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Missing from the EXIF: Lightroom Tweaks to Midnight Fireworks

This post shows how I created this image via all the processing in Adobe Lightroom 3.4 ( The previous blog entry Missing from the EXIF: Midnight Fireworks covers the details of the actual shoot itself )

Most of the processing was done when I got home from the fireworks show, with only additional cropping the next day before it became the Redbubble version of the image.

Each of these images opens into a new tab/window, in Flickr Lightroom mode so you can see all the details.  These are untouched screenshots, so that you can see the whole process I went through.

This covers from 12:54:56am when I opened imported the image to Lightroom, to 1:01:58 when I exported the image for uploading to Flickr.

Stage 1: The Raw Image.  Shoot RAW, if you shoot JPG once you start pushing an image you will run into its limitations.  RAW as the digital negative is way more forgiving.  Further as Lightroom is non-destructive on your RAW files, you can tweak till your heart is content, and still go back to the original if ( in my case when ) you go to far.

Midnight Fireworks in Melbourne -Stage -import

Stage 2: Rotate and White balance. – As all the images from the start of the show to the finish were in the same light, and the camera was fixed to a tripod, I tweaked one image quickly for rotation and balance.  Then in Lightroom, copied only those develop settings, then pasted them to all the images. ( Batch processing even small parts of a job like this is a great way to speed up developing. )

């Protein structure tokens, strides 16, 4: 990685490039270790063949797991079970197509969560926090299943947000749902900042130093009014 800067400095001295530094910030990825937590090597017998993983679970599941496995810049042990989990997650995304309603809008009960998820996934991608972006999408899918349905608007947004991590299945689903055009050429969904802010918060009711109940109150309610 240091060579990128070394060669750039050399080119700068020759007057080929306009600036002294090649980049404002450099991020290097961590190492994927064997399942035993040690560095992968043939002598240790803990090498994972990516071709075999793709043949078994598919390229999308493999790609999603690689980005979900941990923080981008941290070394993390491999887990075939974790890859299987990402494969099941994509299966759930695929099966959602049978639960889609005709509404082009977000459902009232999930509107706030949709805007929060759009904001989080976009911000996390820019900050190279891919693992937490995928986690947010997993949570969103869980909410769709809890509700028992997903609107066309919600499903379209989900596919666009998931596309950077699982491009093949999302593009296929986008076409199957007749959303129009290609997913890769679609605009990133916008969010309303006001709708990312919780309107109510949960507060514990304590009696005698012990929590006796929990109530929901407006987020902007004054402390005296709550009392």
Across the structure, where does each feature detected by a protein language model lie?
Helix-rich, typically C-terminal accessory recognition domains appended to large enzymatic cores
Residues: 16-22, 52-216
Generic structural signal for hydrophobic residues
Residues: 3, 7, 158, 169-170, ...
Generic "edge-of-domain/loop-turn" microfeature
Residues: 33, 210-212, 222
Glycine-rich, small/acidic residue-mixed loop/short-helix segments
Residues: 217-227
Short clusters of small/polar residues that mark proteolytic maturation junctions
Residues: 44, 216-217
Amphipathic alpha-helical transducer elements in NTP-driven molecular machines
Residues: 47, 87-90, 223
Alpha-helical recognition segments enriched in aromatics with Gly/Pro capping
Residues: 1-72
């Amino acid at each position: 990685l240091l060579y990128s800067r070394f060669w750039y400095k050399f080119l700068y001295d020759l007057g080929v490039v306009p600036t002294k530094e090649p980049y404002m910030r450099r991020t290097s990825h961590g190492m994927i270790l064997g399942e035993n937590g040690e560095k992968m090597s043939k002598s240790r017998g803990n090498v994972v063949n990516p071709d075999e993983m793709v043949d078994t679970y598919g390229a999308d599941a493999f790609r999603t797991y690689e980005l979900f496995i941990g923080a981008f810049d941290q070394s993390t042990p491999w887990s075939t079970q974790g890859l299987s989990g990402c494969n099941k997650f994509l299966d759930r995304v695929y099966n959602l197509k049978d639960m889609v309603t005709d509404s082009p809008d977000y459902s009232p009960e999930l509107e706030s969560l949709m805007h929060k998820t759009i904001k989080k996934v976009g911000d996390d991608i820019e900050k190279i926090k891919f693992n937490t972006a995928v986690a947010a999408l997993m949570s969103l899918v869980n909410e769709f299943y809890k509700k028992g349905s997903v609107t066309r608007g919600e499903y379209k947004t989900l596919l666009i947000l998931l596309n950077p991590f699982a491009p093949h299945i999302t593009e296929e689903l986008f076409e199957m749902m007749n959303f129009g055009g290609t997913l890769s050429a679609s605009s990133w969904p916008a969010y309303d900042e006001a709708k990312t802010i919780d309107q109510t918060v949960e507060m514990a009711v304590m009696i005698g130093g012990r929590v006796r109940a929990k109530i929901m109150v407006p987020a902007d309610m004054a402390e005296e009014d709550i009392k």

Midnight Fireworks in Melbourne -Stage 2-straight-wb

Stage 3: Autotone. – I never like how many tools AutoTone images.  To my eye, they always over expose the image and it always end up washed out.  But it is a great place to start.  If you treat Autotone as a starting point, then you are o.k… it never should be an end point.  Also I find, at least with my Nikon NEF (RAW), that the image always looks insipid, especially bright colours.  So expect to have more work after using this feature.

Midnight Fireworks in Melbourne -Stage 3-autotone

Stage 4: Brightness. – First thing to fix after the AutoTone, is brightness.  This was an image taken at midnight, I want the fireworks to standout, not the sky, or the water.  In this case, even a small reduction in brightness, brings the fireworks out of the sky.

Midnight Fireworks in Melbourne -Stage 4-brightness

Stage 5: Fill Light. AutoTone also introduces a fill light. Great for bringing objects out of a shadow.  But once again, that is not what I was after.  Drop the fill light right back for this style of image.

Midnight Fireworks in Melbourne -Stage 5-fill-light

Stage 6: Black Clipping. Pushing the black levels up, pulls the bright colours of the fireworks out of the background.  Also a small increase in black levels can hide a multitude of sins.  Be careful not to push it to far, as it can go from forgiving to punishing an image very quickly.

Midnight Fireworks in Melbourne -Stage 6-black-clipping